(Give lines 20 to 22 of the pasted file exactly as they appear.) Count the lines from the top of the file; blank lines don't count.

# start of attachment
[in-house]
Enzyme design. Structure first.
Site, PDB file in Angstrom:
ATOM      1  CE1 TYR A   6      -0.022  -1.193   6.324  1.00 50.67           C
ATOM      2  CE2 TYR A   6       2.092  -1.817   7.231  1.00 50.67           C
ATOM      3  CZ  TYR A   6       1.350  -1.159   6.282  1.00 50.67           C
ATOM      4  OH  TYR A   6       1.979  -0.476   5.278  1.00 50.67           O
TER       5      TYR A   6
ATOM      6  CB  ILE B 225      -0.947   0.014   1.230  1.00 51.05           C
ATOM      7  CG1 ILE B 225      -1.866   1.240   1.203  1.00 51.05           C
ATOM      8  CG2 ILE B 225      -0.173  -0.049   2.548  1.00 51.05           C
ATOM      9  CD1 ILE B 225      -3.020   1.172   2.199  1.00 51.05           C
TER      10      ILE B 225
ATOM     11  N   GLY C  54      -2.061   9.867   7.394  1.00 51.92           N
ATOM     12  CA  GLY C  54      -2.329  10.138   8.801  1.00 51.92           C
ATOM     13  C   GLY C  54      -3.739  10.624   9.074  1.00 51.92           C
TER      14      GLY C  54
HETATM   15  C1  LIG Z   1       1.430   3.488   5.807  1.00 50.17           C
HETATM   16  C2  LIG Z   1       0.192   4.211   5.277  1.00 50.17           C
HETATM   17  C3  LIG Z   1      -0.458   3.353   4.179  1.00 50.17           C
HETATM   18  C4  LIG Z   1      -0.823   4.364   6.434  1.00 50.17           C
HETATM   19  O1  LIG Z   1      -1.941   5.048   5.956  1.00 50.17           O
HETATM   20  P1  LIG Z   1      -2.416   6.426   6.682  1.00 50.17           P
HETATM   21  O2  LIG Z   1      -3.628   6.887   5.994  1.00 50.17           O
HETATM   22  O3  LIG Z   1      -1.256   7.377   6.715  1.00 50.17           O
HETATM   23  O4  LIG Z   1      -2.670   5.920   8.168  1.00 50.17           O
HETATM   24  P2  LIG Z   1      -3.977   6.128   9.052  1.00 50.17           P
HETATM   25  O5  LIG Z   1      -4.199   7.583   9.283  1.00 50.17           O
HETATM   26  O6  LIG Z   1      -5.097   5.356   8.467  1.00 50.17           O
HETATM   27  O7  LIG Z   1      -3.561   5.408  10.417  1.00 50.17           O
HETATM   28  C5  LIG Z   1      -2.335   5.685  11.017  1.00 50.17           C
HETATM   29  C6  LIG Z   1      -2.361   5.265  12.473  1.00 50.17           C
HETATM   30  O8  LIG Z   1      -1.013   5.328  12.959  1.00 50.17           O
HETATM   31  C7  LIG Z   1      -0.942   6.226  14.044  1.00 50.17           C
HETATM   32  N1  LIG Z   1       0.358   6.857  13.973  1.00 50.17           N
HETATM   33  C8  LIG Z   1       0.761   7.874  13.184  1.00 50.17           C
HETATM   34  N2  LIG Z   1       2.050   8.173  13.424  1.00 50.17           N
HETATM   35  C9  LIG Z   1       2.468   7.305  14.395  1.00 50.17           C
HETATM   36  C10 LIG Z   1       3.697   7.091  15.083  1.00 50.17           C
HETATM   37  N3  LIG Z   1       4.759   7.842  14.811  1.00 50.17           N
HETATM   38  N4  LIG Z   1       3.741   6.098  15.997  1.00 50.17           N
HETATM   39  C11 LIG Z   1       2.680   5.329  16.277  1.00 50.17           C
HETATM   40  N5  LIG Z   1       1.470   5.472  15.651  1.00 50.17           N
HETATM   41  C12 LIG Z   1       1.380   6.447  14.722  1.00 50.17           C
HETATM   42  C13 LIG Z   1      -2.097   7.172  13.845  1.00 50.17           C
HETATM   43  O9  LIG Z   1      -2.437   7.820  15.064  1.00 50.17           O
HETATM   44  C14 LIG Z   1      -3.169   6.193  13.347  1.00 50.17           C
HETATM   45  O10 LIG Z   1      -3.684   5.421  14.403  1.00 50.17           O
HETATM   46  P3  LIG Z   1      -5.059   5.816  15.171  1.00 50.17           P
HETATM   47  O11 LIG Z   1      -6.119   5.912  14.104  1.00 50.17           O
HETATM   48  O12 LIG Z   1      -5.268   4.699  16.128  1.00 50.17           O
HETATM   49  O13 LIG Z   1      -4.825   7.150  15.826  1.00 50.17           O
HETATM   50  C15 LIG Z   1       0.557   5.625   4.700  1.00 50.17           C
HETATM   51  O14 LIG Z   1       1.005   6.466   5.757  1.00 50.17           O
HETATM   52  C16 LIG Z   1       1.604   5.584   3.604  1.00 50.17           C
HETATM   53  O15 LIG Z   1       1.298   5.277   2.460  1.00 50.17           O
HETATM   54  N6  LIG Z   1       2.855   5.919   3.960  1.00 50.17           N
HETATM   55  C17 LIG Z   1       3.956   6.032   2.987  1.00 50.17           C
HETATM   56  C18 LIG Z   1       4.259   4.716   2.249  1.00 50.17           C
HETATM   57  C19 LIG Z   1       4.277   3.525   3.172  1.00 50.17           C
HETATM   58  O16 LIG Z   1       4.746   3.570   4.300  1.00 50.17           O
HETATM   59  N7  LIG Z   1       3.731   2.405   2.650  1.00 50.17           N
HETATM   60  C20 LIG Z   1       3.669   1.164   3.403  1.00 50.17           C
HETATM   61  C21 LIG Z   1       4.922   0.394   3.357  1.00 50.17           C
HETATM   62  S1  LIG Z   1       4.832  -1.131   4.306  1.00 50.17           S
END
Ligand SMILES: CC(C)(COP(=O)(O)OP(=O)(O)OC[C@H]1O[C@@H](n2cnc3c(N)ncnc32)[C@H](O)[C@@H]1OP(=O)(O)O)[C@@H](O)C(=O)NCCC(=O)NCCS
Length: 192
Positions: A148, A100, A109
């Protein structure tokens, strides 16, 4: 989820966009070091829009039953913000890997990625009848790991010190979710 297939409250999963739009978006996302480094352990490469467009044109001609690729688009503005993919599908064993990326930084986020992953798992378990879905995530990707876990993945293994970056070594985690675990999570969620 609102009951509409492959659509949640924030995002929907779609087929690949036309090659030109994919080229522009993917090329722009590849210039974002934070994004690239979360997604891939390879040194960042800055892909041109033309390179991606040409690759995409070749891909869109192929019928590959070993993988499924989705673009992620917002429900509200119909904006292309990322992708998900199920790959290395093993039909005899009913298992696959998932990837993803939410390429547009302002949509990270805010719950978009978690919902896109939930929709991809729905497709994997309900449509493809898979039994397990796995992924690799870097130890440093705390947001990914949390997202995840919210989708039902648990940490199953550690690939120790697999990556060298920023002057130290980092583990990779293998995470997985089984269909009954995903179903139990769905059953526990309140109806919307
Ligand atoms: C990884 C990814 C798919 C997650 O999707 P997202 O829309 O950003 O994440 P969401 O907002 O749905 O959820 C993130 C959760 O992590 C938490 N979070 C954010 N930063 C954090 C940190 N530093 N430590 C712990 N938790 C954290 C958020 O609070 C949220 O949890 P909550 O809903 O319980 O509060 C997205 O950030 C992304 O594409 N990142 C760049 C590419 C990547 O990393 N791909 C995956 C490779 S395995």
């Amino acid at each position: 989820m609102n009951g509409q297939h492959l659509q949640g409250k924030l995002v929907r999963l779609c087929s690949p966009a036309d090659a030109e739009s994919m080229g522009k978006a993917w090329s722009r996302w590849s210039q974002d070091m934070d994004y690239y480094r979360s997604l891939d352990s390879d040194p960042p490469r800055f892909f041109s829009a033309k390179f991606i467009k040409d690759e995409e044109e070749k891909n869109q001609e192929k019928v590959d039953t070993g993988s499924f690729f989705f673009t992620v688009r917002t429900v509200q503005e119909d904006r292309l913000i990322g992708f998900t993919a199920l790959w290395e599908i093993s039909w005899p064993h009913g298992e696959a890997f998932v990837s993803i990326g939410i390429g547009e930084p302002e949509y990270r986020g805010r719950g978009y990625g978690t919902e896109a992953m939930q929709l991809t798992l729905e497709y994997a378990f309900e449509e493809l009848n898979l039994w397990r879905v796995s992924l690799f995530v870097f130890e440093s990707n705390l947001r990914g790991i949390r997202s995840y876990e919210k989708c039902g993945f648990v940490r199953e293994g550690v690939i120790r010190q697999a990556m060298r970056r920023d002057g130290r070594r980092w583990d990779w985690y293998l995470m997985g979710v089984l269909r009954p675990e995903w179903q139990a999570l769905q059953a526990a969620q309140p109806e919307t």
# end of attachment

HETATM   17  C3  LIG Z   1      -0.458   3.353   4.179  1.00 50.17           C
HETATM   18  C4  LIG Z   1      -0.823   4.364   6.434  1.00 50.17           C
HETATM   19  O1  LIG Z   1      -1.941   5.048   5.956  1.00 50.17           O